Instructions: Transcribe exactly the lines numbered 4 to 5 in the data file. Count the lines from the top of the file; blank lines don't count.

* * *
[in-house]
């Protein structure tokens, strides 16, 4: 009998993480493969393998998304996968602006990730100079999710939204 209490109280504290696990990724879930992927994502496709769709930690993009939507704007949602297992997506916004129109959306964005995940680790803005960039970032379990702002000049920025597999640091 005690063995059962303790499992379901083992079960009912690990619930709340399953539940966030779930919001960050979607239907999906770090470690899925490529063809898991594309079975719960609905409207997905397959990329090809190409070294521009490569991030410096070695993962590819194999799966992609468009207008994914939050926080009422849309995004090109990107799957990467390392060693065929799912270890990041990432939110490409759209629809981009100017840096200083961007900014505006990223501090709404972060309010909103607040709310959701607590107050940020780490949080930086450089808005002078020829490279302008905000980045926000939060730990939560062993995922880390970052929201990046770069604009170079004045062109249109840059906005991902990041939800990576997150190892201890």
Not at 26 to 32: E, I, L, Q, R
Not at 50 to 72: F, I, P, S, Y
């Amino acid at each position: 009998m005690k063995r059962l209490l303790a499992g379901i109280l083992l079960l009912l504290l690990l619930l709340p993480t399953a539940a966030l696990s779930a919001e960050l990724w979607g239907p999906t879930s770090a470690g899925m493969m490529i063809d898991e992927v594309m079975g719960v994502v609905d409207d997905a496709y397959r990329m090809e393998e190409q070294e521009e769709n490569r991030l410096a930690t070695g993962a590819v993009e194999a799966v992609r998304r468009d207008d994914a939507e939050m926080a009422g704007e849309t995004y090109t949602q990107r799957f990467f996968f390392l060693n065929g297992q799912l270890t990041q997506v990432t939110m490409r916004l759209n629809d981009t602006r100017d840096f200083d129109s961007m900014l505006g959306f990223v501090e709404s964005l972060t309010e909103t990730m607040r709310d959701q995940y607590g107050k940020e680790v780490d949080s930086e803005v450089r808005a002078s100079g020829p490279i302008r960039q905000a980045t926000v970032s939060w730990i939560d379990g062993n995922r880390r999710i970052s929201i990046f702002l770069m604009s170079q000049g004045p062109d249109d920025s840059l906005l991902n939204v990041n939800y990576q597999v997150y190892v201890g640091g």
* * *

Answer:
Not at 50 to 72: F, I, P, S, Y
């Amino acid at each position: 009998m005690k063995r059962l209490l303790a499992g379901i109280l083992l079960l009912l504290l690990l619930l709340p993480t399953a539940a966030l696990s779930a919001e960050l990724w979607g239907p999906t879930s770090a470690g899925m493969m490529i063809d898991e992927v594309m079975g719960v994502v609905d409207d997905a496709y397959r990329m090809e393998e190409q070294e521009e769709n490569r991030l410096a930690t070695g993962a590819v993009e194999a799966v992609r998304r468009d207008d994914a939507e939050m926080a009422g704007e849309t995004y090109t949602q990107r799957f990467f996968f390392l060693n065929g297992q799912l270890t990041q997506v990432t939110m490409r916004l759209n629809d981009t602006r100017d840096f200083d129109s961007m900014l505006g959306f990223v501090e709404s964005l972060t309010e909103t990730m607040r709310d959701q995940y607590g107050k940020e680790v780490d949080s930086e803005v450089r808005a002078s100079g020829p490279i302008r960039q905000a980045t926000v970032s939060w730990i939560d379990g062993n995922r880390r999710i970052s929201i990046f702002l770069m604009s170079q000049g004045p062109d249109d920025s840059l906005l991902n939204v990041n939800y990576q597999v997150y190892v201890g640091g």